The tree of heaven, also known as Ailanthus altissima, is a deciduous tree native to China that has become invasive in many parts of the world. This fast-growing tree is known for its ability to thrive in challenging urban environments and its prolific seed production. But one of the most distinctive features of the tree of heaven is its vibrant foliage that provides a splash of color in the summer and fall. So what exactly is the color of the tree of heaven’s leaves?
The Tree of Heaven
The tree of heaven (Ailanthus altissima) is a medium to large deciduous tree that can grow up to 80 feet tall. It has smooth gray bark and large, odd-pinnate compound leaves with 10-41 leaflets. The leaflets are ovate-lanceolate in shape with entire margins. The foliage of the tree turns a bright yellow in the fall. The tree produces an abundance of small yellowish-green flowers in large terminal panicles in the spring. These give way to clusters of papery samaras or winged seeds. The tree is dioecious, meaning individual trees are either male or female. The tree of heaven is native to northern and central China and Taiwan but has become a common invasive species across much of Europe, North America, Australia, and New Zealand. It was first introduced into Europe and the United States in the late 18th century for ornamental and medicinal purposes. It has now naturalized in urban and disturbed areas due to its rapid growth, abundant seed production, and ability to regenerate from roots. The tree is considered an invasive pest in many areas due to its prolific spread and potential to dominate native ecosystems. It is also known to emit chemicals that prevent the growth of nearby plants. For these reasons, the management and removal of the tree of heaven is often necessary, especially in conservation areas.
The most striking feature of the tree of heaven is its lush, bright green compound leaves that emerge in late spring. The leaves provide welcome shade under the dense canopy throughout the summer. In autumn, the foliage transforms into a showy display of various brilliant yellow hues. This is one of the characteristics that led to the tree’s common name, since its vibrant autumn coloring seems heavenly.
The progression of color change begins in early fall as the leaves start turning a clear lemon yellow. By mid-autumn, the leaves graduate into more intense shades of golden yellow. In late autumn, just before the leaves drop, the foliage approaches a saturated yellow-orange hue in some specimens that is quite dramatic. Throughout this process, the foliage retains its bright vitality before dropping to mulch around the base of the tree.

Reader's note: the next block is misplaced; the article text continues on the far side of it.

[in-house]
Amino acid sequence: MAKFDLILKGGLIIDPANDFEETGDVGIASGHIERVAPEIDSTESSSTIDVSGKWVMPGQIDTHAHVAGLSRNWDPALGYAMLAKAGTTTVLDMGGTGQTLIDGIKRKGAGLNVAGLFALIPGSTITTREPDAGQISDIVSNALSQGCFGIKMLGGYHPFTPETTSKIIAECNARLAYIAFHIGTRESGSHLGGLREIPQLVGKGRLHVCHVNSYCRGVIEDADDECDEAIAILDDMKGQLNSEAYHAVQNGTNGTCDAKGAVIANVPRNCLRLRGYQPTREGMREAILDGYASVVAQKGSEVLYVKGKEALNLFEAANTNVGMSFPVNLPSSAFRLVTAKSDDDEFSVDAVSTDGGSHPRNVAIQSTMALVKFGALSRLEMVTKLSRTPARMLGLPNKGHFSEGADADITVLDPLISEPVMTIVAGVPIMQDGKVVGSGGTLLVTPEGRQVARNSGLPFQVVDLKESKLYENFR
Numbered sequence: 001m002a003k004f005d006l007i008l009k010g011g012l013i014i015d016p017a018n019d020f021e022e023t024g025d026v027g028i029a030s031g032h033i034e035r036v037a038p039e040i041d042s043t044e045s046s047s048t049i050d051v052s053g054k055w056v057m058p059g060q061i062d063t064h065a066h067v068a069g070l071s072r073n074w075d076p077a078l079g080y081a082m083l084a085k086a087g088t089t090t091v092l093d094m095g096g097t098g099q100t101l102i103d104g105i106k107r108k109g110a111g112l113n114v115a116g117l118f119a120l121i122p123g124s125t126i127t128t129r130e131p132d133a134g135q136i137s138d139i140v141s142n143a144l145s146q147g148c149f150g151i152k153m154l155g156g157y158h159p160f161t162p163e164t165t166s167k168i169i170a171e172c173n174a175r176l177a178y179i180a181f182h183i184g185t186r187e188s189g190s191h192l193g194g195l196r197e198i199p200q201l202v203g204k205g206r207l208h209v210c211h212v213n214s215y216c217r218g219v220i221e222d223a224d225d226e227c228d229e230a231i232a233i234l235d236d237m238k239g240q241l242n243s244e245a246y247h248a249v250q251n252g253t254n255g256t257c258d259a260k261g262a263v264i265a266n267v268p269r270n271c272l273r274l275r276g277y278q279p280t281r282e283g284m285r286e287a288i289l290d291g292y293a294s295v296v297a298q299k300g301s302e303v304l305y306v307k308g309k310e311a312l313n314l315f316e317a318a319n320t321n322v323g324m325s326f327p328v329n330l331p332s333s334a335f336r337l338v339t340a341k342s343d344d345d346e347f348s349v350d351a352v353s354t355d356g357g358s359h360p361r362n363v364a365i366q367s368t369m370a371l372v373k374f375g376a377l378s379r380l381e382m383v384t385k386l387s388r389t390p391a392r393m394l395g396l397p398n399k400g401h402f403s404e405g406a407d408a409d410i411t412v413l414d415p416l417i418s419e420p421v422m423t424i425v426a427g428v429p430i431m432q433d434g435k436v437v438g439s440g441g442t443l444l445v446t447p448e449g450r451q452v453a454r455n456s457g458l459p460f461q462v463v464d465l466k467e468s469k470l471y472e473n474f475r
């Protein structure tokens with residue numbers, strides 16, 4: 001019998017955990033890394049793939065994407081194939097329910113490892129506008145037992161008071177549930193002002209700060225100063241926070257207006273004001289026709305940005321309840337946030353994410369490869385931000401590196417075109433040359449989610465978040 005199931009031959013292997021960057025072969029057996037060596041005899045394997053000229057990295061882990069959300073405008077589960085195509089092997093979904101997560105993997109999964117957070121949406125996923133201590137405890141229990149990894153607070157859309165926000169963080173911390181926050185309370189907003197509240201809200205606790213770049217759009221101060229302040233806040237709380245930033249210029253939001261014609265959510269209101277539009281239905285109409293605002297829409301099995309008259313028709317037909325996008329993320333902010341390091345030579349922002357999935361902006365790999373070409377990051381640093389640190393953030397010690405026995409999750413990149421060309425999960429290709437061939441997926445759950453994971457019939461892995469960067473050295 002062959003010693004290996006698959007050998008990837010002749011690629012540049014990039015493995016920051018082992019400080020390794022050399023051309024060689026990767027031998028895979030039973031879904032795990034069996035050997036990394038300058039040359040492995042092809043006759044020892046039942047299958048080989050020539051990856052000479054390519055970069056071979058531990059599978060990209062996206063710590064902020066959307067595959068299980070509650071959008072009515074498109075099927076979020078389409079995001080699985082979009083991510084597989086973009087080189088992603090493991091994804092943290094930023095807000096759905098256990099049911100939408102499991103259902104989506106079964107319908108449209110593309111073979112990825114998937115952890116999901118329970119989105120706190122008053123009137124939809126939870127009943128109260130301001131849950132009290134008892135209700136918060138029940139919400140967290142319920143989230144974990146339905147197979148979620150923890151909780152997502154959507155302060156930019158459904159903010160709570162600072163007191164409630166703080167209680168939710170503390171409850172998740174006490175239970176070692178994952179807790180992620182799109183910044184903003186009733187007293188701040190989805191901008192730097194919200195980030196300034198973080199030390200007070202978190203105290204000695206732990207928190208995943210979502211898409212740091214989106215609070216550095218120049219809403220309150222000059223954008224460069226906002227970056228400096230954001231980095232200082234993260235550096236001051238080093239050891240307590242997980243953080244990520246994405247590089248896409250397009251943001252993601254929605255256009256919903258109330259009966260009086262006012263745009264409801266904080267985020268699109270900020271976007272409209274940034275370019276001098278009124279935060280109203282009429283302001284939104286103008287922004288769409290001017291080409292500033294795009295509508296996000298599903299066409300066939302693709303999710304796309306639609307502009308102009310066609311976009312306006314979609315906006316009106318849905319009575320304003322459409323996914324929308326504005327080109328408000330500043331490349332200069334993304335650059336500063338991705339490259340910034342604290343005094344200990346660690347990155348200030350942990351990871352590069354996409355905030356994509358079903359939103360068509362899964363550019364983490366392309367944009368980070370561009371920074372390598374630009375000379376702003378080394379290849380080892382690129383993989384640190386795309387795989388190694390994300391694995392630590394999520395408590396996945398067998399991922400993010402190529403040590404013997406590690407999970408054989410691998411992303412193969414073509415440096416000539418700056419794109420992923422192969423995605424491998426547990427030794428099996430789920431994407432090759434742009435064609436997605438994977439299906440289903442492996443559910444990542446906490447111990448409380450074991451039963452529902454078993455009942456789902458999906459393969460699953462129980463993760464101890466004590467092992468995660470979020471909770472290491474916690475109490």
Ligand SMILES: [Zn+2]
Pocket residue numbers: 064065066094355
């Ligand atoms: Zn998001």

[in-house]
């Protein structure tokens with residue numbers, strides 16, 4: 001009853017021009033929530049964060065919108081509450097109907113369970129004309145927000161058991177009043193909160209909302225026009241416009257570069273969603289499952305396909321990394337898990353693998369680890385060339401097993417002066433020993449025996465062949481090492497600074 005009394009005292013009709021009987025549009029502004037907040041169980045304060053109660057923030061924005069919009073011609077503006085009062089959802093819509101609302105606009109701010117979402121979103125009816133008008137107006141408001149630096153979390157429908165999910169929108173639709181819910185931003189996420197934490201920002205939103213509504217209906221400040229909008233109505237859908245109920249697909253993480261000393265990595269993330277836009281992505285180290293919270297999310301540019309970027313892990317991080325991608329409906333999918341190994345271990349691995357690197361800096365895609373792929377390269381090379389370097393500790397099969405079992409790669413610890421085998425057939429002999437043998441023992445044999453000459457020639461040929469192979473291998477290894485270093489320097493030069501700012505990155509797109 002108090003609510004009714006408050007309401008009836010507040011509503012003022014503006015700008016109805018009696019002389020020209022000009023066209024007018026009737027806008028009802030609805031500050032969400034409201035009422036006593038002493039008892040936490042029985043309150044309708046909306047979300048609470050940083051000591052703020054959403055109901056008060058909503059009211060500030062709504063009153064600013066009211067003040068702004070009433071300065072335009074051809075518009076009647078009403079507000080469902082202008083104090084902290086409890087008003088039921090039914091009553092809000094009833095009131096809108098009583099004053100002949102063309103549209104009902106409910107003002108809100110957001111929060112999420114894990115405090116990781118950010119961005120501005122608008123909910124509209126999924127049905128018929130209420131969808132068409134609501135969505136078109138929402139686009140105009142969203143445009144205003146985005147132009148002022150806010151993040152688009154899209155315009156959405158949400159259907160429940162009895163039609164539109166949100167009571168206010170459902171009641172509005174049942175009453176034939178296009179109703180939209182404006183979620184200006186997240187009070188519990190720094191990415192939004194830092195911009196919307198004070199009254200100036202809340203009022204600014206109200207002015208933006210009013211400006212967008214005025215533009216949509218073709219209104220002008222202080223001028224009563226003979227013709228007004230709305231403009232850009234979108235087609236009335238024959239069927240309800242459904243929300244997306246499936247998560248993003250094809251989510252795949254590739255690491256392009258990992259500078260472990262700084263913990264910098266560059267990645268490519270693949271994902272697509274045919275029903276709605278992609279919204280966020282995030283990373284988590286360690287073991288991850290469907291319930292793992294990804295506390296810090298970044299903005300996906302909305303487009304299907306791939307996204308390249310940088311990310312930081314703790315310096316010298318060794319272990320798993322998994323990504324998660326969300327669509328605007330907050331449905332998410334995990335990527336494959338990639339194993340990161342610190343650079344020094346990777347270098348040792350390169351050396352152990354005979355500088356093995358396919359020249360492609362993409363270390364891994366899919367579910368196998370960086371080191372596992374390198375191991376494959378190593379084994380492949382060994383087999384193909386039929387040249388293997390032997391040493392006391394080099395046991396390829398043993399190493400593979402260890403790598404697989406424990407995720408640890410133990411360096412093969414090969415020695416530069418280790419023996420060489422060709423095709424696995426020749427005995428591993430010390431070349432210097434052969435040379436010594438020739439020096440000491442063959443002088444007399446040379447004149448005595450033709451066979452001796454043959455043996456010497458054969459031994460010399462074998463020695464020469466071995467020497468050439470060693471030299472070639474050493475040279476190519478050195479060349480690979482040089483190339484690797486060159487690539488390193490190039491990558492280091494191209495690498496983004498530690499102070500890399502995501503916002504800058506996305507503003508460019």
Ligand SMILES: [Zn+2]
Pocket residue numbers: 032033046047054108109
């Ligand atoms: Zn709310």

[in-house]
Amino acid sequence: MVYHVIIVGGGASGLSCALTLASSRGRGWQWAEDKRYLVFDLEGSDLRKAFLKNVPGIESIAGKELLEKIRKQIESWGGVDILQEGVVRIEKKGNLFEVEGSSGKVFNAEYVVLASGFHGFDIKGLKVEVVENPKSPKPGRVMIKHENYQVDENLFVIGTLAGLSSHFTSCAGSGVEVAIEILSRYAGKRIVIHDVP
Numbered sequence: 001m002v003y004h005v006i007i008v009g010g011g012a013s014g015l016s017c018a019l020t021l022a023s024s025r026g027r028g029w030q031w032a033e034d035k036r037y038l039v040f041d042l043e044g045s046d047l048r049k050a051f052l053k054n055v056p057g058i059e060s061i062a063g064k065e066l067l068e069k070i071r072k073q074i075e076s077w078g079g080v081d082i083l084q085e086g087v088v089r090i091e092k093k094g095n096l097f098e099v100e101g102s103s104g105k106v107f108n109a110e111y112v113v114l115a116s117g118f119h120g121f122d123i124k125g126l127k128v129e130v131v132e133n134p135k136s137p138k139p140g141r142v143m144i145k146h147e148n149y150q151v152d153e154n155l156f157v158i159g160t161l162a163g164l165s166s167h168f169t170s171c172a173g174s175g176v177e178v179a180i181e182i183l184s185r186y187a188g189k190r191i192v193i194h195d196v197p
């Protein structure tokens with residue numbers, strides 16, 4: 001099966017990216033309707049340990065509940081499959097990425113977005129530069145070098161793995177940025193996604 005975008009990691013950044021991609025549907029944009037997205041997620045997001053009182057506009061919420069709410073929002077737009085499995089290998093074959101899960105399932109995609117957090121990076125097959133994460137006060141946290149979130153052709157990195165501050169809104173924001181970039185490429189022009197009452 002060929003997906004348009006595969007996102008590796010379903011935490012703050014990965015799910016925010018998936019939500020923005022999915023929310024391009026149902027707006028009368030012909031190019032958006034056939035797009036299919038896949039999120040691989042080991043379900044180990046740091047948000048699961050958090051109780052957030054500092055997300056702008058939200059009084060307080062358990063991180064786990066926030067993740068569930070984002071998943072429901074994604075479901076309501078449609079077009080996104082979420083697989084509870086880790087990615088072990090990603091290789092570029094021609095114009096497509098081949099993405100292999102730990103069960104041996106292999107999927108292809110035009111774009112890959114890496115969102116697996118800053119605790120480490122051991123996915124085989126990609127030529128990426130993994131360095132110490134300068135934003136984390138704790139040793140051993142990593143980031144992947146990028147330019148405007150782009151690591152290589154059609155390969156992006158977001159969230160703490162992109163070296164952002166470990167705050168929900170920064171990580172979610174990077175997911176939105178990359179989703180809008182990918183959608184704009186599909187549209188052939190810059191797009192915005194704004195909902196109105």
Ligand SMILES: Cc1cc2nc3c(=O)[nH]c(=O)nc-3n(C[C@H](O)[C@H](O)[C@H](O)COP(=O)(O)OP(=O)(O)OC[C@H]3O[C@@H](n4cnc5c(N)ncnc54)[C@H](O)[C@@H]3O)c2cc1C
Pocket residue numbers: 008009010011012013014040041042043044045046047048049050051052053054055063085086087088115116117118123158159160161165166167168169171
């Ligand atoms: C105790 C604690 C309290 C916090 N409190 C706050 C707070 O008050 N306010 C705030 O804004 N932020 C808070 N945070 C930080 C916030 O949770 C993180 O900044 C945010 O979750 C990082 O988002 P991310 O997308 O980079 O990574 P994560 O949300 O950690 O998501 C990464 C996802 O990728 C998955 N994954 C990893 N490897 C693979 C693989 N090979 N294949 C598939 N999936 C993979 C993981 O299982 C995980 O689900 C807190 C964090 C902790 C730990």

The variability in autumn leaf color on different specimens of tree of heaven likely has to do with genetic differences between trees. Soil conditions, moisture, sun exposure, and other environmental factors can also affect the timing and vividness of the fall display. Some trees may take on ruddy or orange hues mixed in with the predominant golden yellow colors.
The green and yellow color palette of the tree of heaven comes from pigments located within the leaves themselves. The various shades result from the types and amounts of these leaf pigments during different seasons.
During the spring and summer when the tree is actively growing, the leaves contain high levels of chlorophyll. This green pigment is essential for photosynthesis, the process by which plants convert sunlight into food. Chlorophyll absorbs blue and red light most strongly, causing it to appear green.
In addition to chlorophyll, tree of heaven leaves contain carotenoid pigments. Carotenoids absorb blue and green light, leading to a yellowish color. During the growing season, the green chlorophyll mostly masks the underlying yellow carotenoids.
As autumn approaches, the chlorophyll in the leaves begins to degrade. The green fades away, revealing the bright yellow and orange hues provided by carotenoids. The proportions of different carotenoids present in the tree’s genetics and growing conditions impact the exact autumn color each year.